Leather is an expensive material that requires proper care and attention in order to stay as good as new for a long time. If neglected, leather can start to show signs of aging and start to tear off. Turning white is another issue that can be a result of carelessness. Everyone has at least one leather clothing item in their closet and learning the steps for proper care can go a long way. When leather turns white, a couple of factors contribute to the phenomenon. Knowing and understanding these factors is crucial to picking the right cleaning solution.
So the question is why does leather turn white? And the answer could vary based on the number of elements such as the type of leather, which cleaning products do you use, or how often do you clean your leather? Mainly, leather turns white because of bacteria or fungus growth. The elements that turn leather white often include salt bloom, salt stain, and metal corrosion.
Continue reading to learn more about what causes leather to turn white!
Leather that has turned white is most commonly caused by fungi and bacteria.
Leather items are likely to become discolored if they are kept improperly for a long time. That is the reason why you read and hear so much about later care. The fuss around this topic is justified if you have spent a lot of money on your precious leather jacket or a bag. You wouldn't want to see it getting bad just because you didn't store it properly or didn't use the right cleaning products.
Leather shoes, bags, jackets, etc should be stored away from damp areas so that fungus and bacteria do not grow on the leather. Constant moisture can penetrate your leather item and turn it into a moldy piece of clothing that is no good for you anymore. Moreover, when you put leather items away when they're slightly damp after you have been exposed to snow or rain drops, microorganisms can grow on them, which causes the leather to turn white over time.
The weather can also encourage the growth of bacteria and fungus. Leather should always be stored at a moderate temperature where the humidity and air pressure are not too high or low. Your leather items can become moldy or mildew if the humidity levels in your area are too high.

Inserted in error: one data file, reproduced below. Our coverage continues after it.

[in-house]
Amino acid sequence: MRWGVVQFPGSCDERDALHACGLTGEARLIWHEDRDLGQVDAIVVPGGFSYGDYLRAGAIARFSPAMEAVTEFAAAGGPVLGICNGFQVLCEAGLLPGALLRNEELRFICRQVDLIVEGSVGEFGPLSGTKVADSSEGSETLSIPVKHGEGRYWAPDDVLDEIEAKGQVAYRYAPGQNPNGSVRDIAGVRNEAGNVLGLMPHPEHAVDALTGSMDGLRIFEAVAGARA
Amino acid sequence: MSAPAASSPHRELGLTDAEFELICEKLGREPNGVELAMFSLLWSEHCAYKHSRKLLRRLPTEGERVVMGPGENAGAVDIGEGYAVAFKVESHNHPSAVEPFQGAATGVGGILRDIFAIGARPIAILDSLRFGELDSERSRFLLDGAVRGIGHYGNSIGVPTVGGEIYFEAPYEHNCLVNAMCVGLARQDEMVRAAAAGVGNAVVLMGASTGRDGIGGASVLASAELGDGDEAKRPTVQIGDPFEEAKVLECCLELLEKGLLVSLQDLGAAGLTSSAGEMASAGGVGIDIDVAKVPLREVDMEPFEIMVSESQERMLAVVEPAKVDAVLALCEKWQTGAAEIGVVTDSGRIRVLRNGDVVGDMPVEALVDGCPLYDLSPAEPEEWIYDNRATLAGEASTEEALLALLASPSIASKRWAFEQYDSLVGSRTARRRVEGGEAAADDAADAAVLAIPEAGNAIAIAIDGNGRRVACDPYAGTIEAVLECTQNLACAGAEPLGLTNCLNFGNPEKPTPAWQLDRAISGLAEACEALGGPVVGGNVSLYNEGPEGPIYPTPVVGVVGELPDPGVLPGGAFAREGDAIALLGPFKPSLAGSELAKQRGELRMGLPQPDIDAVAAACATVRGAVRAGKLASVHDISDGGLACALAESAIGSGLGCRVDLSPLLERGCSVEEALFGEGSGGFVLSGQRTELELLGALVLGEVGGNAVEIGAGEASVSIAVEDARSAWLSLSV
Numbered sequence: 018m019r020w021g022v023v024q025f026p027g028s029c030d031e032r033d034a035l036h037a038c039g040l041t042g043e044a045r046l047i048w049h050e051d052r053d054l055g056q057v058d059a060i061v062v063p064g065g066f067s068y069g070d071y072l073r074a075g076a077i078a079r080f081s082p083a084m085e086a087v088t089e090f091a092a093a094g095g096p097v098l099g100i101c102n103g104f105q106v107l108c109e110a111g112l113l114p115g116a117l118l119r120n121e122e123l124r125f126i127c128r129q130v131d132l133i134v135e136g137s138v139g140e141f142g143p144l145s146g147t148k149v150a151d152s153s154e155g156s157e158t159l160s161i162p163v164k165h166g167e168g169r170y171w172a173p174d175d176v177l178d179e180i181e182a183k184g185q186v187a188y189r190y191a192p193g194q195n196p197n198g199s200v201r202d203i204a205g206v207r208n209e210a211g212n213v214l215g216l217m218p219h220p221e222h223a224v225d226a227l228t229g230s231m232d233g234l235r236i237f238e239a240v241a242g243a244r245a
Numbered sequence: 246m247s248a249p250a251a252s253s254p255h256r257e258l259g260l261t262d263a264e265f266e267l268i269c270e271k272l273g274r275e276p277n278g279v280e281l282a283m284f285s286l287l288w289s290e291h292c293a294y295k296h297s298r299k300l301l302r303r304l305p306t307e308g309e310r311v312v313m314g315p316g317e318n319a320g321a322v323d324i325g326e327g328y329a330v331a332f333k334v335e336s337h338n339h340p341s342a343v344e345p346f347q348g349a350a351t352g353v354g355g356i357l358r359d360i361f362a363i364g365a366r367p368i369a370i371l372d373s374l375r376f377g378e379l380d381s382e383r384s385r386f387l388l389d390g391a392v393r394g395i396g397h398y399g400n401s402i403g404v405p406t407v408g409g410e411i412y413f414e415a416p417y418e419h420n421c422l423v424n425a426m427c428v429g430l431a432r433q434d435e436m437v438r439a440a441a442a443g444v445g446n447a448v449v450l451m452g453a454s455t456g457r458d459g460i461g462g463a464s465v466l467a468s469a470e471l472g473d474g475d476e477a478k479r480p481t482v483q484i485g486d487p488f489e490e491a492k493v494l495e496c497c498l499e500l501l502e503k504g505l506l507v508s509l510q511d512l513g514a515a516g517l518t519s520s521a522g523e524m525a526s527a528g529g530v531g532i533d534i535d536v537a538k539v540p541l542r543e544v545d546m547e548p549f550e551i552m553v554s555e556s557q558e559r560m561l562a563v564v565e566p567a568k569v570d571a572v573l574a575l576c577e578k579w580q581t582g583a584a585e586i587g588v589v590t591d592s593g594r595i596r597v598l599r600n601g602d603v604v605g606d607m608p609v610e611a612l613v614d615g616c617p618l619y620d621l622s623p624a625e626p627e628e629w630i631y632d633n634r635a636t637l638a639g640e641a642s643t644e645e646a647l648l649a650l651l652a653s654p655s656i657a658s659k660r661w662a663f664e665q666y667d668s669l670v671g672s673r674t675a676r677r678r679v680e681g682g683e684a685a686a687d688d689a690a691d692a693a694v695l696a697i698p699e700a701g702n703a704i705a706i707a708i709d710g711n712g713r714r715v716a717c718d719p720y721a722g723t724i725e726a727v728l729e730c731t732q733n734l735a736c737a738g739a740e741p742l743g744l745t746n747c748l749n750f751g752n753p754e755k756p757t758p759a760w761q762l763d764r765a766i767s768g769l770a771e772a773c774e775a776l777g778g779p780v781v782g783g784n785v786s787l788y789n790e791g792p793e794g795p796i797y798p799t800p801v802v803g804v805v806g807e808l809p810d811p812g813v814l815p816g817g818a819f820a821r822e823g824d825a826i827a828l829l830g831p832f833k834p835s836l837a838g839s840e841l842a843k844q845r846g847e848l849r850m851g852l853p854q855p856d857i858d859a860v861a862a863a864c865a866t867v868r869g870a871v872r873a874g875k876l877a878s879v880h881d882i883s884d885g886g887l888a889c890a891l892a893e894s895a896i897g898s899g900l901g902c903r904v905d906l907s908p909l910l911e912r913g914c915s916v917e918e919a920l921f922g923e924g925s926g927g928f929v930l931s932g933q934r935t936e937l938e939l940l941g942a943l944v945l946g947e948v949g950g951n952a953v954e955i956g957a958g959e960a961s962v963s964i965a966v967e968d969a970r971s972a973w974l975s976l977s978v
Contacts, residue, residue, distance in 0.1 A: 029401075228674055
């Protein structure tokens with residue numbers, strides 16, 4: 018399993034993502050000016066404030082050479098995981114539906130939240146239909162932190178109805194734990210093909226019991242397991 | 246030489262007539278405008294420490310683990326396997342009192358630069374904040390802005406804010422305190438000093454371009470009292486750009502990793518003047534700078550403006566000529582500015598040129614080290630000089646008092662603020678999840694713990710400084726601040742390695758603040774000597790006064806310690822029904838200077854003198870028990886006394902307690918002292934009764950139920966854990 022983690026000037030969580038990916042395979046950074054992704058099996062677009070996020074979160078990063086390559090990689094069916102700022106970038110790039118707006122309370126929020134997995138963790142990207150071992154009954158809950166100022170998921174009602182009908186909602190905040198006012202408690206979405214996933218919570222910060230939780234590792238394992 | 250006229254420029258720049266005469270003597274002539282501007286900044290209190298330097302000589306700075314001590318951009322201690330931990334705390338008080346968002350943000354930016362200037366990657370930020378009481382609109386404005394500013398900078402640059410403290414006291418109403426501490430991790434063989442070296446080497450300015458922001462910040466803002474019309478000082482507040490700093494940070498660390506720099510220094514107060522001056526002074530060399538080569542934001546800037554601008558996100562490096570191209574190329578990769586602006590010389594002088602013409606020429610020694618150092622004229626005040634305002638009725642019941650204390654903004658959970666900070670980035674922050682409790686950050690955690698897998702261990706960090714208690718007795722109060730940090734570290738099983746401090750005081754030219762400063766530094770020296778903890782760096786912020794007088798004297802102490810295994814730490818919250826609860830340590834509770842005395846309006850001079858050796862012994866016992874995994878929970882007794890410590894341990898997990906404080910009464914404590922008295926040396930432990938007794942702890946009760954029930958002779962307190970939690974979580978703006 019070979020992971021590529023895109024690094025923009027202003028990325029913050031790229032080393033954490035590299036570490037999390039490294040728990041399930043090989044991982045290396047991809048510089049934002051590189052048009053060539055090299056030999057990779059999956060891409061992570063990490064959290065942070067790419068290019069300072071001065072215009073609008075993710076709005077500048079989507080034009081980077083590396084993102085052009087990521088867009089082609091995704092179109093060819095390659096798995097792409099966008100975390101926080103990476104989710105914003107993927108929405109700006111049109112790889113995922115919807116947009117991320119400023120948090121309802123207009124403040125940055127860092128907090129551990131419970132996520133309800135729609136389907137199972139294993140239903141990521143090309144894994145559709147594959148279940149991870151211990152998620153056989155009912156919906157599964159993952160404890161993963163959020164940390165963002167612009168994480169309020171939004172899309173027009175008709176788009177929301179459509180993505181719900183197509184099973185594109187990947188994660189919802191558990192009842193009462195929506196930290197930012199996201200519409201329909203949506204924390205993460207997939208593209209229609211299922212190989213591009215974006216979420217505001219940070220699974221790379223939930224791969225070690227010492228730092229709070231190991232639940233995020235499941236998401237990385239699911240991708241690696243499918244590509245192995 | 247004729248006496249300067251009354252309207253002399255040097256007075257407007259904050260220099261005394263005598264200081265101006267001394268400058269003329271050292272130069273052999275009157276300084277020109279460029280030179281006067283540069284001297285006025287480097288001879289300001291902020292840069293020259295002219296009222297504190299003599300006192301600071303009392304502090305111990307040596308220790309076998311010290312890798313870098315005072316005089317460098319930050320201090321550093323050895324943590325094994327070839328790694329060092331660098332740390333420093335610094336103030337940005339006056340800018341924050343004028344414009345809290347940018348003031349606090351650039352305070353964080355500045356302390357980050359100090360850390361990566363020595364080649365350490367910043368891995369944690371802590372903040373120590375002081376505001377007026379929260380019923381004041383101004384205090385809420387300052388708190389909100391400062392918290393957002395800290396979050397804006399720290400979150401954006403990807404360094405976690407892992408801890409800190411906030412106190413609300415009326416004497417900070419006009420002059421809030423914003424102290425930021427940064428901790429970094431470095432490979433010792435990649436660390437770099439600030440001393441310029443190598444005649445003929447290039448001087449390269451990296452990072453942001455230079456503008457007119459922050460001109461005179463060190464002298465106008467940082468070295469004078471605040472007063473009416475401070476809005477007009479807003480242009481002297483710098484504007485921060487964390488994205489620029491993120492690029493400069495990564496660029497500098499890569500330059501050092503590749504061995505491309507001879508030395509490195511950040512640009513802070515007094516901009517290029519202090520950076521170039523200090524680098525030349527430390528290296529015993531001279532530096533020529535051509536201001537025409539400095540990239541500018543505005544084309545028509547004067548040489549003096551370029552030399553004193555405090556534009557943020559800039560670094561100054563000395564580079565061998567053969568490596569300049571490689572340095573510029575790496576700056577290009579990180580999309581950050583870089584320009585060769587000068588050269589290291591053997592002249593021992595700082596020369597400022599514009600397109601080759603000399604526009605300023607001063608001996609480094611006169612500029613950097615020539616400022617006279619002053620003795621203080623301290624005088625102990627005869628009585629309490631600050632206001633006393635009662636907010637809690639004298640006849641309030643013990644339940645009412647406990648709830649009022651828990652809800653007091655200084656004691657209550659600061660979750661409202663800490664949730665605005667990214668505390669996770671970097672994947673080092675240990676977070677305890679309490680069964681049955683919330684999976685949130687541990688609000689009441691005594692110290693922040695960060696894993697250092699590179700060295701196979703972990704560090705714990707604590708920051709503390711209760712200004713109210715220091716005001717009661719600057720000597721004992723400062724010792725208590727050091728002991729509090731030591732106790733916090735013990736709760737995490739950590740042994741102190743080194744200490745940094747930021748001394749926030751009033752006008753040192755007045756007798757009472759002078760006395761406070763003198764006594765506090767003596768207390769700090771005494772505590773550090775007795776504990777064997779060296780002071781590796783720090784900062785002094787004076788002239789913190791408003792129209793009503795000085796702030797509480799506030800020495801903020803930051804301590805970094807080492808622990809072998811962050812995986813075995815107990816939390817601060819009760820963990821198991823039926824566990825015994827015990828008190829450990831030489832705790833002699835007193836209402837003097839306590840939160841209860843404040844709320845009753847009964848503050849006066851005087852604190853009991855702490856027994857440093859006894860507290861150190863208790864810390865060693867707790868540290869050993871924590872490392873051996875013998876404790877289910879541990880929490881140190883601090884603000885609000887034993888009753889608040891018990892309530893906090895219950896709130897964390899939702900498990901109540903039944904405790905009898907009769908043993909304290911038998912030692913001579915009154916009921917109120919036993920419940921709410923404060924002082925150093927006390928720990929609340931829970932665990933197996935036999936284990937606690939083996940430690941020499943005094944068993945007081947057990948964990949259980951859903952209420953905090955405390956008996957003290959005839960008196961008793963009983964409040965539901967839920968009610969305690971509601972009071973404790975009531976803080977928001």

Furthermore, if you go with leather preservatives and cleaners that contain ingredients such as Neat's-foot oil or mink oil, they can cause bacteria and fungi. It will do more harm than any good. It particularly turns the leather white. So every time you go and buy products for your leather, take your time to do thorough research to avoid any devastating mistakes.
Another important thing to remember is that the effects of mold or mildew growth caused by humidity may not always be white. It may also have a dusty, speckled appearance in some cases and can also appear green.
One of the easiest ways to tell whether the leather is mouldy is the gross smell that comes from it. By smelling your leather, you will be able to detect any bacterial or fungal growth that has caused it to turn white. Musty, earthy, meaty, or rotten wood smell, and a wet sock smell will make it impossible for you to bear the damaged leather anymore.
Don't lose hope in case your leather has started showing signs of fungus or bacteria. Let's go through a few steps that can help come up with a fix and revive your precious leather jacket, bag, or other accessories.
You will be able to use the materials such as cleaner, conditioner, oil, and polish that you may already have in your closet to restore your leather car seats, couch, shoes, jackets, etc.
Mold and mildew removal techniques vary depending on the type of leather and the causes that may have led you to this situation. Mostly, people own leather that is finished, unfinished, or suede. And as far as the leather care products are concerned, every leather owner has a leather cleaner, conditioner, and a polish sitting somewhere in their closet.
In some cases, finished leather is easier to fix because it has an extra layer to help protect and preserve the leather's physical appearance and durability. However, that completely depends on the intensity of the damage we're dealing with.
First of all, to avoid causing any more infections. Make sure all the mold or mildew residue is gone from the leather by using a soft brush. To further clean the leather, use a vacuum cleaner to remove any loose debris found on its surface. If that doesn't work, shake the leather or pat it gently outside your room or over a trash can.
Add two or three drops of your dish soap or leather cleaner to your microfiber cloth till it's damp. Scrub gently in a circular motion over the leather surface. Once you've covered all of the leather with the cleaner, now it's time to rinse it off. Using a clean cloth dampened with plain water, you can now wipe off the suds from the leather surface once it has been thoroughly cleaned.
The next step is to prepare a solution containing equal parts water, rubbing alcohol, and detergent. Dampen the cloth with the solution and rinse. Dry and wipe it down again. At this point, the leather should be completely dry. Once the leather conditioner has been applied, buff it until there are no residues left. Let it rest for 24 hours and dry naturally.
Dust off the white portion using a soft hairbrush and remove the residue with a lint-free towel. Once the surface has been thoroughly cleaned and dusted off, you're good to apply the spew remover using a microfiber cloth. There are often instructions written down on the spew remover bottle. You must follow them for the best results.
Clean the leather using method 1. Once the leather is dry, you should apply the spew remover one more time and rinse it. That will ensure the protection against bacteria and fungus on the leather surface.